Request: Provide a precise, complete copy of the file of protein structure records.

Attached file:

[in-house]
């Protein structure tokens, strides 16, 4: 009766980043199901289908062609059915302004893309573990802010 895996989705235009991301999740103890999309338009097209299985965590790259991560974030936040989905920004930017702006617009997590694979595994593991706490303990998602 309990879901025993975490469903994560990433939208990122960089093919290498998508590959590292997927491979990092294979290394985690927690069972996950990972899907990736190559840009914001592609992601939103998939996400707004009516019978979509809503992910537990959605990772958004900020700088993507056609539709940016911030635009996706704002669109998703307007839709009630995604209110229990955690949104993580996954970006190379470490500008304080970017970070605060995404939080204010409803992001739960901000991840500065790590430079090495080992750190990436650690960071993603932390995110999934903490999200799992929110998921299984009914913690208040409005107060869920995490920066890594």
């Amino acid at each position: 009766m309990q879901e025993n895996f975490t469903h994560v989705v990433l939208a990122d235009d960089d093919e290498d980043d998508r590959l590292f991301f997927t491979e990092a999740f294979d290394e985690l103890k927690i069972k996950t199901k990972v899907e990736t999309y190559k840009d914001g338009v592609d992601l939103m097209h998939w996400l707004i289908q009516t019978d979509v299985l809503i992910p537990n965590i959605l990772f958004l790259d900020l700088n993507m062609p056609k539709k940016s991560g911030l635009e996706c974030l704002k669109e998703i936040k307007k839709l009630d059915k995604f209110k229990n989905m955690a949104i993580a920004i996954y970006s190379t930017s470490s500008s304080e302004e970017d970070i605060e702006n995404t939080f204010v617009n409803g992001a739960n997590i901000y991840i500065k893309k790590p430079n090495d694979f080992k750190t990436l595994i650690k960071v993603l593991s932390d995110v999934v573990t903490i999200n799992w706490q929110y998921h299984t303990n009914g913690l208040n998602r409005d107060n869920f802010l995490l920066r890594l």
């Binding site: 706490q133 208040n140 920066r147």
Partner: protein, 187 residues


[in-house]
């Protein structure tokens, strides 16, 4: 009766980043199901289908062609059915302004893309573990802010 895996989705235009991301999740103890999309338009097209299985965590790259991560974030936040989905920004930017702006617009997590694979595994593991706490303990998602 309990879901025993975490469903994560990433939208990122960089093919290498998508590959590292997927491979990092294979290394985690927690069972996950990972899907990736190559840009914001592609992601939103998939996400707004009516019978979509809503992910537990959605990772958004900020700088993507056609539709940016911030635009996706704002669109998703307007839709009630995604209110229990955690949104993580996954970006190379470490500008304080970017970070605060995404939080204010409803992001739960901000991840500065790590430079090495080992750190990436650690960071993603932390995110999934903490999200799992929110998921299984009914913690208040409005107060869920995490920066890594």
């Amino acid at each position: 009766m309990q879901e025993n895996f975490t469903h994560v989705v990433l939208a990122d235009d960089d093919e290498d980043d998508r590959l590292f991301f997927t491979e990092a999740f294979d290394e985690l103890k927690i069972k996950t199901k990972v899907e990736t999309y190559k840009d914001g338009v592609d992601l939103m097209h998939w996400l707004i289908q009516t019978d979509v299985l809503i992910p537990n965590i959605l990772f958004l790259d900020l700088n993507m062609p056609k539709k940016s991560g911030l635009e996706c974030l704002k669109e998703i936040k307007k839709l009630d059915k995604f209110k229990n989905m955690a949104i993580a920004i996954y970006s190379t930017s470490s500008s304080e302004e970017d970070i605060e702006n995404t939080f204010v617009n409803g992001a739960n997590i901000y991840i500065k893309k790590p430079n090495d694979f080992k750190t990436l595994i650690k960071v993603l593991s932390d995110v999934v573990t903490i999200n799992w706490q929110y998921h299984t303990n009914g913690l208040n998602r409005d107060n869920f802010l995490l920066r890594l």
């Binding site: 706490q133 208040n140 920066r147």
Partner: protein, 187 residues